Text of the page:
A CONFLICT OF PERCEPTIONS:
ULYSSES S. GRANT AND THE MORMONS
by Thomas G. Alexander
Almost from its inception, conflict followed the Church of Jesus Christ of Latter-day Saints. After the Mormons fled to Utah to escape persecution, controversy with federal officials culminated in the sending of an army under Col. Albert Sidney Johnston in 1857-58. When Abraham Lincoln took office in 1861, it appeared that the conflict would be renewed and that Lincoln would keep his party’s pledge to eradicate “the twin relics of barbarism,” slavery and polygamy. The first relic, however, proved too difficult, and Lincoln was forced to concentrate on the Civil War. He is reported to have told Mormon Elder Thomas B. H. Stenhouse that he would “let them alone if they will let me alone.”1 Andrew Johnson was as reluctant to move against the Mormons as against the South, but when Ulysses S. Grant became President, a new era of conflict with the Mormons opened.
In their own words, the Mormons were “a peculiar people.” Perhaps the most obvious deviation from nineteenth century American society was their practice of polygamy, plural or celestial marriage as they preferred to call it. Though shared only with a select few at the time Joseph Smith committed
[pg. 30] the revelation to paper in 1843, it was openly preached in 1852 and vigorously defended thereafter. At the October, 1869, conference of the Church, seven months after Grant’s inauguration, Apostle Orson Pratt, high in Mormon councils, preached a sermon in which he argued the scriptural soundness of the doctrine and averred that the Mormons intended “to live according to the law of God as we have received it, Congress or no Congress.”2
Beyond this, nineteenth century Mormon political theory left little room for separation of church and state. Anticipating the Millennium when Christ would rule personally on the earth, Mormons began in 1844 to prepare a political organization through which He would govern. Though only a shadow government during Grant’s administration, its temporal manifestations were very real. The militia or Nauvoo Legion, theoretically answerable to the territorial governor, was actually under the command of Lt. Gen. Daniel H. Wells, Mayor of Salt Lake City and counselor to President Brigham Young, the Church’s Prophet, Seer, and Revelator.3
By virtue of their twenty-to-one majority in the territory, the Mormons were firmly in control of city and county government. Apostles served as speaker of the house of representatives and president of the council, and through control of the local juriciary, Mormons were in a position to thwart any attempts to punish polygamy. The territorial legislature had granted jurisdiction, concurrent with the federal district courts, in civil and criminal matters to the county probate courts, whose judges were elected by joint vote of both houses of the legislature.
[pg. 31] Jury lists for both the probate and federal courts were drawn by local authorities from rolls of property holders. In addition, the legislature had created the offices of territorial attorney and marshal, also elected by the legislature, to act in the federal courts in all cases arising under territorial law.4
Outside the political realm, the Mormons emphasized exclusiveness, and this emphasis was heightened In 1868 when the cooperative movement was inaugurated. Mormons were encouraged to boycott all Gentiles, as non-Mormons were called, and to purchase from local cooperative stores. In 1874, this tendency was further strengthened by the inauguration of the United Order, an ambitious share-the-wealth-movement.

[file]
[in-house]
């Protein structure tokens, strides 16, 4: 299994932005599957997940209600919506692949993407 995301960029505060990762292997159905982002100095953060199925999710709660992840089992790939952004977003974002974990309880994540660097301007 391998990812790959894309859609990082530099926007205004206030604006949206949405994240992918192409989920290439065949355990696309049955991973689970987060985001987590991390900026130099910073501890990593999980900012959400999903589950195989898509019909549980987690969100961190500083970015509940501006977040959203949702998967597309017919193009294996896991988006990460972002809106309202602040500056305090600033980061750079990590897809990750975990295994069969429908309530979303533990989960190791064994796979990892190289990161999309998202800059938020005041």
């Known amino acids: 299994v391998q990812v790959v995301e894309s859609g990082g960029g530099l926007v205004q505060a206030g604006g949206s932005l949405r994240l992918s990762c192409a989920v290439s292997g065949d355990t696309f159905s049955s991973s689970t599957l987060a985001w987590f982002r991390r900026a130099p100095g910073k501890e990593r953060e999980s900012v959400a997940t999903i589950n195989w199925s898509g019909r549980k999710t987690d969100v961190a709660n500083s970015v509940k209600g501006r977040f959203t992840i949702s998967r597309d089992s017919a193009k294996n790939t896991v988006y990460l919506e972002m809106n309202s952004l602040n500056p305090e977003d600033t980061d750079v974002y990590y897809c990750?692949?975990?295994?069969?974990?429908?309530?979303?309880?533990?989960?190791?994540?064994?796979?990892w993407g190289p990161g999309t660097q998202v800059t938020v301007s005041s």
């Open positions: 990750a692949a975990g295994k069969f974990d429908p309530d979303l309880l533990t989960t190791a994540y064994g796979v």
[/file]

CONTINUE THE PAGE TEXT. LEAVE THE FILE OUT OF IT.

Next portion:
At the same time a numerically small Gentile community lived principally in the larger cities and the mining districts. The non-Mormons were mainly engaged in commerce, transportation, mining, and the professions. While the Saints controlled the locally elected offices, the Gentiles, by virtue of federal appointments, monopolized the executive and judicial departments of the territorial government. In fact, only a month after he took office, Grant removed the only Mormon In either branch, the collector of internal revenue.5
Mormons were firmly convinced that they were loyal to the letter and spirit of the Constitution of the United States and to the revealed will of God. The First Amendment, after all, prohibited Congress from passing any law “respecting an establishment of religion, or prohibiting the free exercise thereof.” They believed that the Morrill Anti-bigamy Act of 1862, which prohibited the practice of polygamy In the territories,
[pg. 32] was unconstitutional.6
The Mormons considered their institutions both divine and progressive. Polygamy, ecclesiastical control of government, and woman suffrage were all defended on the ground of their progressive nature.7 Communitarianism, small unit land-holding, and public control of resources such as timber and water, were designed to allow everyone the right to earn his own way and to help those unable to care for themselves. Any believing Mormon would have rejected as absurd an offer of spiritual without temporal salvation. Based upon a broad consensus of its members, Church members expected their society to grow until it filled the whole earth.
Needless to say, Gentile perception of Momon society was much different. About a month before Grant’s inauguration, the New York Times called Mormonism an “extraordinary politico-religious vagary.” Utah, it said, was a union of church and state ruled by Brigham Young. Later, the Times suggested that the question of polygamy in Utah would be settled by the inevitable progress caused by the railroad and the Influx of Gentiles.8
In interviews, novels, congressional testimony, and newspapers, the image of Mormonism in nineteenth century America was one of licentious despotism. Opposition to the Church and to Utah’s possible admission to statehood was opposition not only to polygamy, but to Mormon political domination and to alleged harrassment and murder of Gentiles. The people of the United States seem to have generally believed that the Mormon people were ignorant and gullible immigrants who followed the dictates of a rapacious leadership and who would not hesitate to commit murder or ensnare an unsuspecting maiden at the command of Brigham Young.9 That Utah’s